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What to include in a Will

A Will is an important document that states how you’d like your estate to be divided after you die, providing you with reassurance that your loved ones will get the things you have earmarked for them.

If you’ve never thought about a Will before or are unsure where to begin, the idea of putting one together may seem daunting. First, you should decide what type of Will you want to set up and then how you’d like to put it into place.

Once you’ve decided upon these two things you should have a think about what you will include in your Will.

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Here is a quick guide to some of the things you should consider including in your Will.

Legacies and bequests

The most common thing that Wills cover are bequests and legacies, which is money or belongings that you leave to friends, relatives or charities.

You can state that you’d like to leave fixed sums of cash to as many parties as you see fit, sharing the money among the people or organisations that matter to you the most. There may also be treasured possessions that you want to pass on in line with family traditions or with the idea of starting your own.

The money left over after all debts, fees and taxes have been paid - called the ‘residue’ - can also be left to someone or several individuals.

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legacies and bequests

Taking care of your children

There are three ways you can take care of your children in your Will:

  • naming a guardian for those aged under 18
  • putting something into place to care for them financially
  • leaving them part of your estate.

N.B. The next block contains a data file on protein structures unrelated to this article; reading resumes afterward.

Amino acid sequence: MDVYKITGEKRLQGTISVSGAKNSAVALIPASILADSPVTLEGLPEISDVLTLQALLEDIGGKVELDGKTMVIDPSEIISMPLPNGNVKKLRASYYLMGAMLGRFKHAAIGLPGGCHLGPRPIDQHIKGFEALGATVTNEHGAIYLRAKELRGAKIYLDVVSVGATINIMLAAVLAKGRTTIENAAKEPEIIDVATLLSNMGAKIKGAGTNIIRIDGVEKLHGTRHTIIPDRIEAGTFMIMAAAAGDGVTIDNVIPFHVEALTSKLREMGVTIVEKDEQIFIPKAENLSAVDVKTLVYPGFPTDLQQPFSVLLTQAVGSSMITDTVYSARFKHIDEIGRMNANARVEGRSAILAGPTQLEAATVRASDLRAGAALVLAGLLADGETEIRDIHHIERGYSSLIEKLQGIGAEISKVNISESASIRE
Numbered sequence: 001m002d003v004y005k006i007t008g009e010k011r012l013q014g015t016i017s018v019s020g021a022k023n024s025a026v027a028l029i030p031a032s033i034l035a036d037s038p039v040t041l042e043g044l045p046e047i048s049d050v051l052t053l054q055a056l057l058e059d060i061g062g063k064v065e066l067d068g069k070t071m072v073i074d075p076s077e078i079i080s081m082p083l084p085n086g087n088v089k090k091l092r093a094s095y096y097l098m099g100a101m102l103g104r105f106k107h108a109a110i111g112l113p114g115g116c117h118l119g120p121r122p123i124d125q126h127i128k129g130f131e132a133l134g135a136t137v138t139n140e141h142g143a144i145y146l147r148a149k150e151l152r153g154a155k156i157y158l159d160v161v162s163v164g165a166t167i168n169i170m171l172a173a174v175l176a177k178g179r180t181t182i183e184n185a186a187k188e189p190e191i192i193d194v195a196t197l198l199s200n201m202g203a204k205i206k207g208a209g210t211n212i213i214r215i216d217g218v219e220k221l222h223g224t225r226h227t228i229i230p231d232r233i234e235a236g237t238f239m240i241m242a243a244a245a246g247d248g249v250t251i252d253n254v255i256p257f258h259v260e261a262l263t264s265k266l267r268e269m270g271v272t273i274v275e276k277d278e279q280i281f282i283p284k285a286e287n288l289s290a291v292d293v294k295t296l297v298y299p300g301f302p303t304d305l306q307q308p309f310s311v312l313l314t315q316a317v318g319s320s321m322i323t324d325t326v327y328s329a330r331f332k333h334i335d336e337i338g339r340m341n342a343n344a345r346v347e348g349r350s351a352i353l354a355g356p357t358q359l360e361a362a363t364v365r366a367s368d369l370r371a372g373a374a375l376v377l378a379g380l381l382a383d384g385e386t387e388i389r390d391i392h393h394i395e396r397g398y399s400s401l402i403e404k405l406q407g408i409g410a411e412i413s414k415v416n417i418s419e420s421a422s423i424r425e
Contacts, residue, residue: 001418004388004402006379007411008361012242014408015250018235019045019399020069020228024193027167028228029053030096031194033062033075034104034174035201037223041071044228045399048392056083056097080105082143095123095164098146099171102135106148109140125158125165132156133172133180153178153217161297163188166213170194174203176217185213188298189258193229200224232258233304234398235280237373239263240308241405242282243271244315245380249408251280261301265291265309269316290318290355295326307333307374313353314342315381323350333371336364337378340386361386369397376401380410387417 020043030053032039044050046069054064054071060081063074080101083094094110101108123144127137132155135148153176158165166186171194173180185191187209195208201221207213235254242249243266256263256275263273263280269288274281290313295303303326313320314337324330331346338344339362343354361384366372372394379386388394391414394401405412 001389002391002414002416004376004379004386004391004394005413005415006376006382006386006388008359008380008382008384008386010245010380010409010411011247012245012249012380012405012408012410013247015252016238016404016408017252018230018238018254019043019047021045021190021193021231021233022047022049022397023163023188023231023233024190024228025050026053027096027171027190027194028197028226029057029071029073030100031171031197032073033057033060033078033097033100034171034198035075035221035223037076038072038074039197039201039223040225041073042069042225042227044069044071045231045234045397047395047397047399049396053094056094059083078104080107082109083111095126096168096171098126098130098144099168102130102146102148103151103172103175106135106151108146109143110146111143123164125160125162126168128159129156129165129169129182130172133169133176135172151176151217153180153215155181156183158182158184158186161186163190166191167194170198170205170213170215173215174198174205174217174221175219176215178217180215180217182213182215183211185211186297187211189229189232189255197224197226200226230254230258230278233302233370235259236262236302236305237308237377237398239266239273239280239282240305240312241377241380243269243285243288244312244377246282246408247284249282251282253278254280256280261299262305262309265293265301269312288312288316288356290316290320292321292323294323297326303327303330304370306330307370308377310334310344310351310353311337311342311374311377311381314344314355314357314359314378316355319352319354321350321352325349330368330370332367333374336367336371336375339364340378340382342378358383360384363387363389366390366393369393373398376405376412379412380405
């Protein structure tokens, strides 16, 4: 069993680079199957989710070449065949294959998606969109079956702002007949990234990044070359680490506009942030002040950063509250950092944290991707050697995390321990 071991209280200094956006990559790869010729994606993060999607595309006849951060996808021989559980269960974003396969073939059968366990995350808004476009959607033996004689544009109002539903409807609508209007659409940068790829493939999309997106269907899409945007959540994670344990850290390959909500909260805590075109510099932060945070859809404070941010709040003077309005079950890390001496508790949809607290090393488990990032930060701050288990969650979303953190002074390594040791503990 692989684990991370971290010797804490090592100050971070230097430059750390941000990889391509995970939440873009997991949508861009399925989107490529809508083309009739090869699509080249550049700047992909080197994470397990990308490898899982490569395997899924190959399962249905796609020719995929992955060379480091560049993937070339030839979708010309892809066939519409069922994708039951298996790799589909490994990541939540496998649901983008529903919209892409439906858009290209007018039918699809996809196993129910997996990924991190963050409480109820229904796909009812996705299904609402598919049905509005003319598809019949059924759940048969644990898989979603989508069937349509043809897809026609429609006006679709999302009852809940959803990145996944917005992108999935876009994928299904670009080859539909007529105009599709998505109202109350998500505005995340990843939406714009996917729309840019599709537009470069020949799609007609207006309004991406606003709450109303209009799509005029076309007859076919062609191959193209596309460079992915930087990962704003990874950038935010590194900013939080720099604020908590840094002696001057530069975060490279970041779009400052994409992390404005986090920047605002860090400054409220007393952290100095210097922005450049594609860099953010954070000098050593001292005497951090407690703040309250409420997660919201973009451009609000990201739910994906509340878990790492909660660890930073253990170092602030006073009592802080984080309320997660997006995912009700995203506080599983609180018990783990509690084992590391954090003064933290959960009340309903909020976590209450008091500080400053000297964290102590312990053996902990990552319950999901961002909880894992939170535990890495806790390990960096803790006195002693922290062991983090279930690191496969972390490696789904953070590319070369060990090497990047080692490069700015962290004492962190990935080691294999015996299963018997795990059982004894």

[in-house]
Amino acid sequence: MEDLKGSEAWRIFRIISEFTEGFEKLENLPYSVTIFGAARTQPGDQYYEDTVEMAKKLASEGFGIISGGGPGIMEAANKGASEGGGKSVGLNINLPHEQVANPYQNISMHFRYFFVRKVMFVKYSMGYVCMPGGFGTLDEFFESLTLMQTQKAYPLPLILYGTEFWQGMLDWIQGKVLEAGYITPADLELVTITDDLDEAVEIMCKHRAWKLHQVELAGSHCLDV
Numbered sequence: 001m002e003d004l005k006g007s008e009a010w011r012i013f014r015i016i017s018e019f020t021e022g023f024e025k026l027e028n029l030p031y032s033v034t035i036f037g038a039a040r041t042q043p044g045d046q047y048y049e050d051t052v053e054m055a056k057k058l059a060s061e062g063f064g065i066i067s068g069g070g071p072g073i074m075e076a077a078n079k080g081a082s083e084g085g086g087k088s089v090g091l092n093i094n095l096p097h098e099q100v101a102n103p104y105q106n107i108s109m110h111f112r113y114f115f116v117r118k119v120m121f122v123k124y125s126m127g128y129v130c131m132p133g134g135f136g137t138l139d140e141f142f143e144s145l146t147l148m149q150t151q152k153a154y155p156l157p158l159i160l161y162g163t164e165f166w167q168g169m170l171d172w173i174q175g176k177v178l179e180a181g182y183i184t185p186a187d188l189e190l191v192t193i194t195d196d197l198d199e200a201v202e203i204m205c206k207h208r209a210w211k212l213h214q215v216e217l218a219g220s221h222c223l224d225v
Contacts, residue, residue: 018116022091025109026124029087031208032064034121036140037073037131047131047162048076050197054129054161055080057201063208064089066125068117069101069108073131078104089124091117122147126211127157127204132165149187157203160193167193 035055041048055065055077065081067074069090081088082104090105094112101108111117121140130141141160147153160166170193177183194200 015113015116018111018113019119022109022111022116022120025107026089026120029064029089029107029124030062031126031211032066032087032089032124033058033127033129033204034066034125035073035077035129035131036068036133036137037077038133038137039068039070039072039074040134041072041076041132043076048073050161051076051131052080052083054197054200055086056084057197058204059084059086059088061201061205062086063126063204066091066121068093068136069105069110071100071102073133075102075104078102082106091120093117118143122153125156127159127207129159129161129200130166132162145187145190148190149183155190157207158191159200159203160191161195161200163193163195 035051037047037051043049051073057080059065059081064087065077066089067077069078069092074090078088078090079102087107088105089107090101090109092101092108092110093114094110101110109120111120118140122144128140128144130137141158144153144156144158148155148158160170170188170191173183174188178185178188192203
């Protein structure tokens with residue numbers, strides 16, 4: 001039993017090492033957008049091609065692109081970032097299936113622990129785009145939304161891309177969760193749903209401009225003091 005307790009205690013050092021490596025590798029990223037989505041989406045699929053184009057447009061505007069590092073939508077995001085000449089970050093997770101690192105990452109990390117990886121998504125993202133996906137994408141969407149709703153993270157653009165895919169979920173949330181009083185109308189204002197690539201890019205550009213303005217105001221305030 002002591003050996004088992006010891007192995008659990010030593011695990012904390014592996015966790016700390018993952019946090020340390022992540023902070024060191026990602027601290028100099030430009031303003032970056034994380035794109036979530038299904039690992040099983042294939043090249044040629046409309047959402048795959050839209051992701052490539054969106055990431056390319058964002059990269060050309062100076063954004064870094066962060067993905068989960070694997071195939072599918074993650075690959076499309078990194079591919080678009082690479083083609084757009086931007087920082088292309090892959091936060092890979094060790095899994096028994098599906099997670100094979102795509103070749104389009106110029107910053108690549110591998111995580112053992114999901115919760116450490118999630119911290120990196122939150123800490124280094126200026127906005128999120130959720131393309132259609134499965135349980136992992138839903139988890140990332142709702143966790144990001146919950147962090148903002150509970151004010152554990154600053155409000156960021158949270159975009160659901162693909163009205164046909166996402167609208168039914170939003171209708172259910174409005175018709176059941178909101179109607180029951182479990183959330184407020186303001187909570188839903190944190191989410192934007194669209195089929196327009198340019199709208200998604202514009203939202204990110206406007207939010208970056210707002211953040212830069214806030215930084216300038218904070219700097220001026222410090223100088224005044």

You can name someone you love and trust to look after your children, such as a partner/spouse (if they are not biologically related or haven’t adopted them) or relative, which will give you added peace of mind knowing that they will be safe and happy. You can also state where the money to look after them will come from, which usually takes the shape of some form of Trust.

If you are leaving them property or money, it will be held until they are of a certain age - usually 18 or 21 - and will be managed according to the trustee laws.

  • Specify who the remainder of your estate is split between


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child with guardian


You may have lived in a house for your entire life and want it to stay within the family or you could own an entire portfolio of property - all of which can be covered in your Will.

If you share ownership with a spouse or partner, then your portion is worth half of the market value (minus your share of the mortgage). Property can be held in a joint tenancy, where your half automatically passes to the surviving joint tenant, or in a tenancy in common, where you can leave your share to someone else in your Will.



When writing your Will, you should appoint someone to carry out your wishes according to your Will. This could be an individual, a group of people or a third-party organisation, such as a solicitor or Will-writing service. You can choose whoever it is that you trust the most, which is something only a Will can do for you.



Your Will doesn’t have to be limited to what you’d like to leave your friends and family, it can also ensure that the end of your life reflects how you lived the rest of it. For example, if you are part of a particular religion, you can ensure your funeral adheres to any traditions recognised by your church.

In addition, you can state whether or not you’d like certain medical procedures to be carried out - such as organ transplants and blood transfusions - if you’re unable to give permission at the time. You can also state whether you’d like to be buried or cremated, and whether or not you want a wake.

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